I believe even with Project Sunrise there would be sufficient demand for an AKL-NYC nonstop as these flights will only operate from Melbourne and Sydney and would have a premium centric configuration making them very niches.
    Air NZ would be able to offer the most convenient one stop iternary from Australia to New York. The United hub at EWR is an added bonus.
    GRU will be a bit more challenged I would imagine. South America is a vast continent and Santiago is a far more viable transit hub geographically. Air NZ has no onward connectivity from GRU which in itself will have limited demand compared to NYC.

  6. Really curious about QF’s and NZ’S interest in Brazil. QF already counts with flights to SCL and a possible further connections with LA onwards to many cities in South America. LA also operates a direct flight to MEL and another one to SYD via AKL (and I think they operate these two daily). Furthermore there is barely any *A presence in GRU that could help in providing connections beyond. I am definitely missing something.

  7. Edit: SCL-MEL x3 weekly, SCL-AKL-SYD daily, SYD-SCL x1-2 weekly. Seems plenty of capacity to me

  8. @ Vince

    I don’t think there’s any great mystery: the 787 is literally half the price of the A350. It was built down to a price, and airlines love that. The fact that the A350 is a more spacious and quieter environment for customers is not considered important.

  9. I’ve always wondered why Air New Zealand hasn’t partnered up with either Copa or Avianca to provide a better gateway into South America besides EZE. I really think AKL-PTY could work in terms of connecting traffic. O/D probably wouldn’t be great but traffic from the Carribean, Florida and Northern South America could probably fill a 788 or 789 3x weekly.

  10. Maybe not much connecting traffic at JFK but you’d get a lot of feeder traffic from Australia that would more than make up for it. I would happily take flying Air New Zealand to NYC connecting through AKL over connecting through LAX or DFW with Qantas and American. Perhaps that changes if Qantas get Project Sunrise off the ground but until then it would be a no-brainer.

  11. If NZ went for the A359 and operated AKL-NYC direct they could tag it with a flight to Europe – perhaps even replacing the LAX stop with NYC. I suspect that NZ would do very well on LHR-NYC provided they up the game on their business class offering which is now way behind the times.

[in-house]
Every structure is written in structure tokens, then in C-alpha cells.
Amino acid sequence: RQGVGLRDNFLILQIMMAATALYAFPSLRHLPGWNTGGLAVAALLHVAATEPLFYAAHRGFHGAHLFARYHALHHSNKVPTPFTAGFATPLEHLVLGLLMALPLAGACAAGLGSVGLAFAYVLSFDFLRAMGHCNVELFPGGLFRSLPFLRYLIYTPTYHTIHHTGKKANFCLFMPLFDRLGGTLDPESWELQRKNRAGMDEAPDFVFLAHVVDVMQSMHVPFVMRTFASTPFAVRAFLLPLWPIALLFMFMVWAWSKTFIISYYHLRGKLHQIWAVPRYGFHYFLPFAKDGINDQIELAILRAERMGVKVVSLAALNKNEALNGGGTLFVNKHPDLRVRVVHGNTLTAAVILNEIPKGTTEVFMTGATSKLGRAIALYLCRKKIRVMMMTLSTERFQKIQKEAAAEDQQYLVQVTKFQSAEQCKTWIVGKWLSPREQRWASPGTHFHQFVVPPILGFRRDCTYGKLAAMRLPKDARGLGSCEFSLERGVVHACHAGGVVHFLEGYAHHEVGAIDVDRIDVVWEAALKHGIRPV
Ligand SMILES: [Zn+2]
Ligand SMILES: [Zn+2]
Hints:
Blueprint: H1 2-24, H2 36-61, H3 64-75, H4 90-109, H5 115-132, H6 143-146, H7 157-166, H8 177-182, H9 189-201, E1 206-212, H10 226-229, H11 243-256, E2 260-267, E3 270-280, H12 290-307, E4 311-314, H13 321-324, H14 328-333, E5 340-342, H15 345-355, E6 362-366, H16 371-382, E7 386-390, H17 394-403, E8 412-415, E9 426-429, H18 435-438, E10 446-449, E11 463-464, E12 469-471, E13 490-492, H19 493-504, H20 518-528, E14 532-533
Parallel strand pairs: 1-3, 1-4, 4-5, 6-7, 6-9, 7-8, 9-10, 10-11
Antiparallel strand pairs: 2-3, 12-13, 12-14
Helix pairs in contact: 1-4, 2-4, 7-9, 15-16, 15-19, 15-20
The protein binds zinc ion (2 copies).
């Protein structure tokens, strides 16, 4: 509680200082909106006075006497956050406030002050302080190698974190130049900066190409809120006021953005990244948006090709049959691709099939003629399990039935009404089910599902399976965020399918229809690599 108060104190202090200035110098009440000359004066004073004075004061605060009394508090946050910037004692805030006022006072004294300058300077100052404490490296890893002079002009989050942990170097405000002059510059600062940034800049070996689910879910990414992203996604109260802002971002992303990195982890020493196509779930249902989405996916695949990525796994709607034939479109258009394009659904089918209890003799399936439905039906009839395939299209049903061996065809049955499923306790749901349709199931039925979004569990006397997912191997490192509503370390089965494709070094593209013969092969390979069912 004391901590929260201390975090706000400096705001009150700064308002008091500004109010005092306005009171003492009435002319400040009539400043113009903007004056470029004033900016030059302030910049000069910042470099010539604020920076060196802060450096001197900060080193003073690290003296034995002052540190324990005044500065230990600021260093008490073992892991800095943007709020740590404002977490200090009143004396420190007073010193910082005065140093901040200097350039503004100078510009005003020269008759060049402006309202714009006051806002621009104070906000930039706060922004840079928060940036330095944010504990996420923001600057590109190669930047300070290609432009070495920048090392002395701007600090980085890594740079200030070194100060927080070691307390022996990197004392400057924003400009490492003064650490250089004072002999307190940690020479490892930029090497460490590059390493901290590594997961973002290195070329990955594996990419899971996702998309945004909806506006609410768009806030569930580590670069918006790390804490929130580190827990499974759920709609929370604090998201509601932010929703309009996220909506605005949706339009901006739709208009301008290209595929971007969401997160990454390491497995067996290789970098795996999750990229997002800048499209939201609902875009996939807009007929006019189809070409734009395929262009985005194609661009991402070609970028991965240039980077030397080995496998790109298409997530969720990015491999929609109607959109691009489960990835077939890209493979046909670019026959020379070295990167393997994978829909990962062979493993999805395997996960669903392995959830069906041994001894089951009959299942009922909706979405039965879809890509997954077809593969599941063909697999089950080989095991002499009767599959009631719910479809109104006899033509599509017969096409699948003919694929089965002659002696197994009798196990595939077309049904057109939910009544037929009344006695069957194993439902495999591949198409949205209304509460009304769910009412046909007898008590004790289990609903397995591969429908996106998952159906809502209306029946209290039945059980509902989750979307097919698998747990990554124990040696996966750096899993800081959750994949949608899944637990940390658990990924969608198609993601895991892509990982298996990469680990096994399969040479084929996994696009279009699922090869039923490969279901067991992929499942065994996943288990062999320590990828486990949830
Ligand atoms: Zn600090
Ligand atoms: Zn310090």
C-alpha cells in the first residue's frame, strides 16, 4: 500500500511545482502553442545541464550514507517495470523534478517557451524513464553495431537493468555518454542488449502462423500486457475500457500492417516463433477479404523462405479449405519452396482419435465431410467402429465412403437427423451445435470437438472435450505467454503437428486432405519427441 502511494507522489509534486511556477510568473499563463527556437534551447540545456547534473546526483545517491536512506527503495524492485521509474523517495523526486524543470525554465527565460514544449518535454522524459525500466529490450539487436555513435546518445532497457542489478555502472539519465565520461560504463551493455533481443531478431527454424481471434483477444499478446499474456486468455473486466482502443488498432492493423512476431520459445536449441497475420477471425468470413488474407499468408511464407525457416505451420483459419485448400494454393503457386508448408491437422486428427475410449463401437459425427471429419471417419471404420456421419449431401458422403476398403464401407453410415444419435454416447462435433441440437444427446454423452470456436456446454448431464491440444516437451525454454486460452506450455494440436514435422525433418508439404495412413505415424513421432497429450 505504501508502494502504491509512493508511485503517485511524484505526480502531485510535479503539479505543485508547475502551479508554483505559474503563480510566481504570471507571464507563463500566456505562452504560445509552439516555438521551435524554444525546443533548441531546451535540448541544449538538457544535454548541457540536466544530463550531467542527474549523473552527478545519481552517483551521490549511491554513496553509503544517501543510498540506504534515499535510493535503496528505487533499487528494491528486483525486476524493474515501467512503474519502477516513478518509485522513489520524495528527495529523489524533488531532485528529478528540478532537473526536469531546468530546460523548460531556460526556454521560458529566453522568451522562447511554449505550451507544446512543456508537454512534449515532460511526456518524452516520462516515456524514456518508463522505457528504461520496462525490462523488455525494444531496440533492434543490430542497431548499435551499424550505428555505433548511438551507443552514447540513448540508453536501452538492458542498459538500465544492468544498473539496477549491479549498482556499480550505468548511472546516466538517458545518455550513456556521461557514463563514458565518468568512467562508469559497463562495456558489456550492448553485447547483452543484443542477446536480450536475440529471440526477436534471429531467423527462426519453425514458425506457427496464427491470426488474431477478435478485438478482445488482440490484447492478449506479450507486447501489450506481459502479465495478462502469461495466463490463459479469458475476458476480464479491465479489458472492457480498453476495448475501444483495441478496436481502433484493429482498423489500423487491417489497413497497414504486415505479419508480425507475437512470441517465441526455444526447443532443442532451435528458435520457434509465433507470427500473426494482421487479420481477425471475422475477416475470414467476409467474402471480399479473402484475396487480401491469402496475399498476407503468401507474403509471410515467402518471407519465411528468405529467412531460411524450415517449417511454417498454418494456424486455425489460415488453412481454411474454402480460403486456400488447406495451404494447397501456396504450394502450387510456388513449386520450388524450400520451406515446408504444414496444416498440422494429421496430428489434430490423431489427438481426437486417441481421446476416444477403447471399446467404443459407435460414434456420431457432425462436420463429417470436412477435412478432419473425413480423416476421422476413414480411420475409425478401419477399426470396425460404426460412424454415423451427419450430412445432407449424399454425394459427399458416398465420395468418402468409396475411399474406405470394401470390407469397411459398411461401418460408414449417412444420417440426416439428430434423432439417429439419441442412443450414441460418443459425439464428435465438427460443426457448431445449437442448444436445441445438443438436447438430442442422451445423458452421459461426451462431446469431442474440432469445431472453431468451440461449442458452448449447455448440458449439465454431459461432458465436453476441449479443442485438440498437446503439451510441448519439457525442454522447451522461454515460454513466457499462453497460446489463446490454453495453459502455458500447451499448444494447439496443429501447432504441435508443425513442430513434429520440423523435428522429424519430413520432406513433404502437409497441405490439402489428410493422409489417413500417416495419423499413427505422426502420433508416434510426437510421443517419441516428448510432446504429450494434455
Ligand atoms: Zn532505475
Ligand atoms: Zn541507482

The also work closely with SQ who of course now have a sizeable A359 fleet.

  12. @The Nice Paul,
    Airlines focus on cost rather than comfort and quiet conditions BECAUSE ultimately passengers tend to vote with their wallets. As long as it remains easier to fill a cabin with lower priced tickets that pattern of aircraft selection will continue.
    There was a period when AA pledged to offer more pitch that its competitors, that ended when passengers seemed to not care while booking.

  13. São Paulo looked promising a few years ago, but Brazil’s economic decline has left it as an underperforming tag from Buenos Aires.

    I think that Newark would appeal to Air NZ, but I think that South America is almost a lost cause. There is minimal trade and there are minimal social and family connections.

    I think they would do better to increase their Honolulu frequency and to operate 789’s to Seattle, Portland and possibly even San Diego, with a view to cornering the one-stop market from each of those cities to Eastern Australia.

  14. What Phil Duncan said. Air NZ are working on a new business class hard product which I’m assuming will be ready by the time they take delivery of these new aircraft. They could easily be looking at either NYC or GRU as an additional stopover on the way to Europe or to replace the existing hellish experience transiting through LAX on the way to LHR.

  15. Auckland to JFK or EWR would do well, NZ gets a lot of feeder traffic from Australia. We’d much prefer Australia-Auckland-New York than doing the QF shuffle at LAX (land, bus to gate, immigration, re-check bag, run to new gate for JFK flight). Americans may find this odd, but lots of Australians don’t like QF.

  16. @ DB


    Has OMAAT been taken over by AA, and this is just the start of the cost-cutting?!

  17. @ DB @ Hawaiian Joe @ Michael @ The nice Paul — Sorry! It was one of a few things causing some significant performance issues, particularly on mobile, so we’ve disabled that functionality until it can get fixed properly. I know it’s a few extra thumb flicks, but it’s realistically better than pages taking 45+ seconds to load.

Leave a Reply

If you'd like to participate in the discussion, please adhere to our commenting guidelines. Your email address will not be published. Required fields are marked *